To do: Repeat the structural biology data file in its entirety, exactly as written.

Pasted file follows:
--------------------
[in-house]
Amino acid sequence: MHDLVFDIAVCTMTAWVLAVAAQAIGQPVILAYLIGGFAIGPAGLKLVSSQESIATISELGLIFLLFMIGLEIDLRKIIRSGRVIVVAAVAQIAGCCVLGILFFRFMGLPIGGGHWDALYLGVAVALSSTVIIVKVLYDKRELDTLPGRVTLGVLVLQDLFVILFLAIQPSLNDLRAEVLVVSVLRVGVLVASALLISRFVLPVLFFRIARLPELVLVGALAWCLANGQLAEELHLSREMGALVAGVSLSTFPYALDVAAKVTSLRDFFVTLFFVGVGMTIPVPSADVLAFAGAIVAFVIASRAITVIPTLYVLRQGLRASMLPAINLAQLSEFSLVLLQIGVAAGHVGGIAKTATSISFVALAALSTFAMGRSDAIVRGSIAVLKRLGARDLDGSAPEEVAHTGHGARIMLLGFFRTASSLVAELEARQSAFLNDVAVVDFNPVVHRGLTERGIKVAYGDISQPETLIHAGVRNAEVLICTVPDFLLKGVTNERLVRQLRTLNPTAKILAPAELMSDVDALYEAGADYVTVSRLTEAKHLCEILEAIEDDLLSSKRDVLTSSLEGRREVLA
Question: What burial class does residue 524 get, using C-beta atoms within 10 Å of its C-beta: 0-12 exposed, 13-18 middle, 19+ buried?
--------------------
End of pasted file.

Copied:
[in-house]
Amino acid sequence: MHDLVFDIAVCTMTAWVLAVAAQAIGQPVILAYLIGGFAIGPAGLKLVSSQESIATISELGLIFLLFMIGLEIDLRKIIRSGRVIVVAAVAQIAGCCVLGILFFRFMGLPIGGGHWDALYLGVAVALSSTVIIVKVLYDKRELDTLPGRVTLGVLVLQDLFVILFLAIQPSLNDLRAEVLVVSVLRVGVLVASALLISRFVLPVLFFRIARLPELVLVGALAWCLANGQLAEELHLSREMGALVAGVSLSTFPYALDVAAKVTSLRDFFVTLFFVGVGMTIPVPSADVLAFAGAIVAFVIASRAITVIPTLYVLRQGLRASMLPAINLAQLSEFSLVLLQIGVAAGHVGGIAKTATSISFVALAALSTFAMGRSDAIVRGSIAVLKRLGARDLDGSAPEEVAHTGHGARIMLLGFFRTASSLVAELEARQSAFLNDVAVVDFNPVVHRGLTERGIKVAYGDISQPETLIHAGVRNAEVLICTVPDFLLKGVTNERLVRQLRTLNPTAKILAPAELMSDVDALYEAGADYVTVSRLTEAKHLCEILEAIEDDLLSSKRDVLTSSLEGRREVLA
Question: What burial class does residue 524 get, using C-beta atoms within 10 Å of its C-beta: 0-12 exposed, 13-18 middle, 19+ buried?